Swedes more pessimistic on house prices than last month

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Swedes more pessimistic on house prices than last month
Apartments on sale in Norra Djurgårdsstaden in Stockholm. Photo: Anders Wiklund/TT

People in Sweden have become more pessimistic about house prices, with the bank SEB's September housing indicator showing a rise in the share who expect falling prices.


According to the bank's monthly house price expectations survey, the share of households who think prices will rise in the coming year has fallen six percentage points to 35 percent, while the share who expect prices to fall has risen by three percentage points to 29 percent. 

"Housing price expectations have long resisted following economic developments but the expected fall has finally come," said Américo Fernández, SEB's private economist, in a statement.  

He said that a lower-than-expected turnout of buyers at the first weekend for house viewings after the summer break appeared to have dispelled sellers' expectations for higher prices. 

"This month, economic reality and the chilly reception to the big viewing weekend appears to have forced households to lower their future expectations somewhat," he continued. "In the coming autumn, we can expect a peak in interest rates, wavering power prices, and ever emptier wallets, which taken together suggests a suppressed and uncertain situation for house prices."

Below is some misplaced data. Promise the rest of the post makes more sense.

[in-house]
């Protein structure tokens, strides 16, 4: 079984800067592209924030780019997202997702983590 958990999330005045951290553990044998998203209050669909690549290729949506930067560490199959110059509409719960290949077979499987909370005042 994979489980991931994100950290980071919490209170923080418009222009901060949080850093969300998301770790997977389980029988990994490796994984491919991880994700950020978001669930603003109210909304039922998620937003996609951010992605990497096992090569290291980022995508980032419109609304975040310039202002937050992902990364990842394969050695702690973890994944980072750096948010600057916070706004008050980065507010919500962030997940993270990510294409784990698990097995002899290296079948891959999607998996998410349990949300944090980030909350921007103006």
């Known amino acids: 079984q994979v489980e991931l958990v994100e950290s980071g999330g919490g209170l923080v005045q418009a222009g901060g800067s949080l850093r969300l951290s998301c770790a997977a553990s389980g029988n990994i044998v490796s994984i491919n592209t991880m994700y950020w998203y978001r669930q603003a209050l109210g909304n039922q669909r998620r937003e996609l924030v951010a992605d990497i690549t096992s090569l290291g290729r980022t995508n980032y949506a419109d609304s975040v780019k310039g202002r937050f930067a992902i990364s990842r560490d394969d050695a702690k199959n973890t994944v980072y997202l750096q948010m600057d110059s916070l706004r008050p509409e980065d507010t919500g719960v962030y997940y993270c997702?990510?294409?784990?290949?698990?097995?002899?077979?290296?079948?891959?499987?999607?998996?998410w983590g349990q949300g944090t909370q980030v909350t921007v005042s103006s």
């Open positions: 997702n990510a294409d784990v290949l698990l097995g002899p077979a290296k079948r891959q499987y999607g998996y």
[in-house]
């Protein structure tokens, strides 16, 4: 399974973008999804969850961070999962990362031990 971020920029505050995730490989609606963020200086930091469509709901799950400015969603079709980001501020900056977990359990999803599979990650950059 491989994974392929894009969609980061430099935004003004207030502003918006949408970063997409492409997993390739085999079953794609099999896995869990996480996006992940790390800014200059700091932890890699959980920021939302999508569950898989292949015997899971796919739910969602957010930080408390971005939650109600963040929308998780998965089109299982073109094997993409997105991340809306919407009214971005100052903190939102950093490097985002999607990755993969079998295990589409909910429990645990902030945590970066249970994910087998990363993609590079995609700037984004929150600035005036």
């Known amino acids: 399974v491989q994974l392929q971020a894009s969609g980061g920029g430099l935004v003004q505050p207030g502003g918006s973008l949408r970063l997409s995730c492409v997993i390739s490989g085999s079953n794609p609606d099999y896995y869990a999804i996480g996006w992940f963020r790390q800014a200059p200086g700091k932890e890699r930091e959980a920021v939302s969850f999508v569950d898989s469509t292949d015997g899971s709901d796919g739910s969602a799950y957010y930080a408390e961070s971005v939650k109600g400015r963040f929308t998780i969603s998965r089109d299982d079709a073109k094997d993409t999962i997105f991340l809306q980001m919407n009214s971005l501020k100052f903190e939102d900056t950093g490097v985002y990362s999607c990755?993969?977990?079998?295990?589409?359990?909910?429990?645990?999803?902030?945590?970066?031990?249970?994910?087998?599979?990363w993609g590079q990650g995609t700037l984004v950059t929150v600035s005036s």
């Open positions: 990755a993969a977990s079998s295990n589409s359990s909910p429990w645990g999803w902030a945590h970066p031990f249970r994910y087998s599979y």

The households surveyed expected the core interest rate from the Riksbank to hit 3.99 percent in the coming year, a slight decrease in the 4.02 percent average in the bank's August survey. The share of households planning to shift to a fixed interest rate mortgage also fell from 8 percent to 7 percent. 

There was, however, some variation between regions.

The housing price indicator, which subtracts the share of households which expect prices to fall from the share which expect prices to rise, fell in four regions in Sweden, rose in one, and stayed stable in one. 

In Gothenburg, the indicator fell 23 points from 26 to 3, and in Stockholm it fell ten points from 18 to 8. In Skåne, it fell from 18 to 10 points, and in Svealand excluding Stockholm, it fell from 15 to 8 points.  


In Östra Götaland, the indicator remained stable at 0 points, while in Norrland it rose from 10 to 15.

The market research agency Demoskop interviewed 1,000 people over the internet for the survey, which was carried out between August 29th and September 5th. 


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